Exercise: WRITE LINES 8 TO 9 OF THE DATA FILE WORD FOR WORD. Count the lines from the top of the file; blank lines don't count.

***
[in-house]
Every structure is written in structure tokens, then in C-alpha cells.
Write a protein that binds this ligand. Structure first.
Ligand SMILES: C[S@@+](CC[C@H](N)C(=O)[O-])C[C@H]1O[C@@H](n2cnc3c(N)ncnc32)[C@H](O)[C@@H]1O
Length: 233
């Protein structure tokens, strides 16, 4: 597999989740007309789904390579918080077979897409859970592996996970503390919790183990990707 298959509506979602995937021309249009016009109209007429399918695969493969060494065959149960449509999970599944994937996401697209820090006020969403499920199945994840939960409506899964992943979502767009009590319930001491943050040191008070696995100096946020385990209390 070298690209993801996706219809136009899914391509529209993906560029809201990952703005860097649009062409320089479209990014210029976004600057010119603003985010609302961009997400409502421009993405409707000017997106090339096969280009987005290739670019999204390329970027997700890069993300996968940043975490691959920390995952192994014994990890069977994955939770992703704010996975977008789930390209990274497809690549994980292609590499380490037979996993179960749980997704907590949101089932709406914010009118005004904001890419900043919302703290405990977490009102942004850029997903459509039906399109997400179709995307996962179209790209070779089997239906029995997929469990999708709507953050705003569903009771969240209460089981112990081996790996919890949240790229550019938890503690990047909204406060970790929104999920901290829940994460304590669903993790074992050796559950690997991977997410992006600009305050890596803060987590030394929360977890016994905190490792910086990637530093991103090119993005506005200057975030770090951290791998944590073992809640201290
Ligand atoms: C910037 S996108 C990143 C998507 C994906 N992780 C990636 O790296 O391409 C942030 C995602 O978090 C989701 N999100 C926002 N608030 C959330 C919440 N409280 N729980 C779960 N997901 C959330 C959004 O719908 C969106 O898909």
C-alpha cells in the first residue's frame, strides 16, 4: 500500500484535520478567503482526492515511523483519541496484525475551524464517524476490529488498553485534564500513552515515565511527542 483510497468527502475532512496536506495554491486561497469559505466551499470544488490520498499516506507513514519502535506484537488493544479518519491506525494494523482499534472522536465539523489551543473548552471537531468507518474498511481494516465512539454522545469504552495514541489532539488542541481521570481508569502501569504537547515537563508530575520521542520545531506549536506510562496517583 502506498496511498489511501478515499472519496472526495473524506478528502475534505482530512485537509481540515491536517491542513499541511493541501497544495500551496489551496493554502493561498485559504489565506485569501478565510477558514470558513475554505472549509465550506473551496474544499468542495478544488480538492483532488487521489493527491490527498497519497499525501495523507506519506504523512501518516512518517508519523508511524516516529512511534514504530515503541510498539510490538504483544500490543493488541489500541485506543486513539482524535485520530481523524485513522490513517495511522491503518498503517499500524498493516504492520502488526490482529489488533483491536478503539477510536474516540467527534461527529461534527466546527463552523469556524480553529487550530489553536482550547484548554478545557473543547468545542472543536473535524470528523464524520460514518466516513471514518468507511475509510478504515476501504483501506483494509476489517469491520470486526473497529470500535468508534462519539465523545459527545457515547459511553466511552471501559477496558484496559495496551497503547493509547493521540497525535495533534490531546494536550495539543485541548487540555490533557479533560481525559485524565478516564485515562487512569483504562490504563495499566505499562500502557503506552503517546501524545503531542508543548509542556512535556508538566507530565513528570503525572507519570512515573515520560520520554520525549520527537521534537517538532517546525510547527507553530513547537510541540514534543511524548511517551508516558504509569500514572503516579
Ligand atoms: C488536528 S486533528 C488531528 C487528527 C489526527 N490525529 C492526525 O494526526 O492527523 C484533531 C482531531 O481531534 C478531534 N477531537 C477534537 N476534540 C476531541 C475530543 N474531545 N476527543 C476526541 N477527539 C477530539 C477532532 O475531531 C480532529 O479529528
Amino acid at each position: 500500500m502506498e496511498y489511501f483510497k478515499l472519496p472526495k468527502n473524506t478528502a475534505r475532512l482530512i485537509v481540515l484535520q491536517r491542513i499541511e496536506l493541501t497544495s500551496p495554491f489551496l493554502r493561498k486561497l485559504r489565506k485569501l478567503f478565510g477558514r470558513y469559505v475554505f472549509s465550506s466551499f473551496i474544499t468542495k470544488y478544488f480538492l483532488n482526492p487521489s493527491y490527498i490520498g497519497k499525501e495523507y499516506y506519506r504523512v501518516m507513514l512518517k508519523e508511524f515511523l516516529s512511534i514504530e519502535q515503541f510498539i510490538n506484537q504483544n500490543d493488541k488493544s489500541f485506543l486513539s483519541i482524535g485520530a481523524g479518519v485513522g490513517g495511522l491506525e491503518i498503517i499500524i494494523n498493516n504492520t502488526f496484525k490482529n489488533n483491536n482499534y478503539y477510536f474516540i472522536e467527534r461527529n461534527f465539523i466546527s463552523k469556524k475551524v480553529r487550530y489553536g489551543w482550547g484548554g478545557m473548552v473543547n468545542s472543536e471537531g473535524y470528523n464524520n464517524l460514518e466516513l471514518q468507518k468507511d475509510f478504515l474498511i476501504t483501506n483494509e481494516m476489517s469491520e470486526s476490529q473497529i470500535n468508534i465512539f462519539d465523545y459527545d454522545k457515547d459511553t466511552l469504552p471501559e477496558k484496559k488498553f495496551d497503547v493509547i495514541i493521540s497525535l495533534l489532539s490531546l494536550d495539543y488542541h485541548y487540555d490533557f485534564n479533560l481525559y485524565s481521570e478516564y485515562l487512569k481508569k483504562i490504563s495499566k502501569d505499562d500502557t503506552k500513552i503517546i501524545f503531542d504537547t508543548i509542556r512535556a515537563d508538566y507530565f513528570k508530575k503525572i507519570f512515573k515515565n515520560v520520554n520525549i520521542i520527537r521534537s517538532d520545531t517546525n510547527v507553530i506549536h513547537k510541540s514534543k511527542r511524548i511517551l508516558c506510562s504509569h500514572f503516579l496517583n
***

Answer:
C-alpha cells in the first residue's frame, strides 16, 4: 500500500484535520478567503482526492515511523483519541496484525475551524464517524476490529488498553485534564500513552515515565511527542 483510497468527502475532512496536506495554491486561497469559505466551499470544488490520498499516506507513514519502535506484537488493544479518519491506525494494523482499534472522536465539523489551543473548552471537531468507518474498511481494516465512539454522545469504552495514541489532539488542541481521570481508569502501569504537547515537563508530575520521542520545531506549536506510562496517583 502506498496511498489511501478515499472519496472526495473524506478528502475534505482530512485537509481540515491536517491542513499541511493541501497544495500551496489551496493554502493561498485559504489565506485569501478565510477558514470558513475554505472549509465550506473551496474544499468542495478544488480538492483532488487521489493527491490527498497519497499525501495523507506519506504523512501518516512518517508519523508511524516516529512511534514504530515503541510498539510490538504483544500490543493488541489500541485506543486513539482524535485520530481523524485513522490513517495511522491503518498503517499500524498493516504492520502488526490482529489488533483491536478503539477510536474516540467527534461527529461534527466546527463552523469556524480553529487550530489553536482550547484548554478545557473543547468545542472543536473535524470528523464524520460514518466516513471514518468507511475509510478504515476501504483501506483494509476489517469491520470486526473497529470500535468508534462519539465523545459527545457515547459511553466511552471501559477496558484496559495496551497503547493509547493521540497525535495533534490531546494536550495539543485541548487540555490533557479533560481525559485524565478516564485515562487512569483504562490504563495499566505499562500502557503506552503517546501524545503531542508543548509542556512535556508538566507530565513528570503525572507519570512515573515520560520520554520525549520527537521534537517538532517546525510547527507553530513547537510541540514534543511524548511517551508516558504509569500514572503516579
Ligand atoms: C488536528 S486533528 C488531528 C487528527 C489526527 N490525529 C492526525 O494526526 O492527523 C484533531 C482531531 O481531534 C478531534 N477531537 C477534537 N476534540 C476531541 C475530543 N474531545 N476527543 C476526541 N477527539 C477530539 C477532532 O475531531 C480532529 O479529528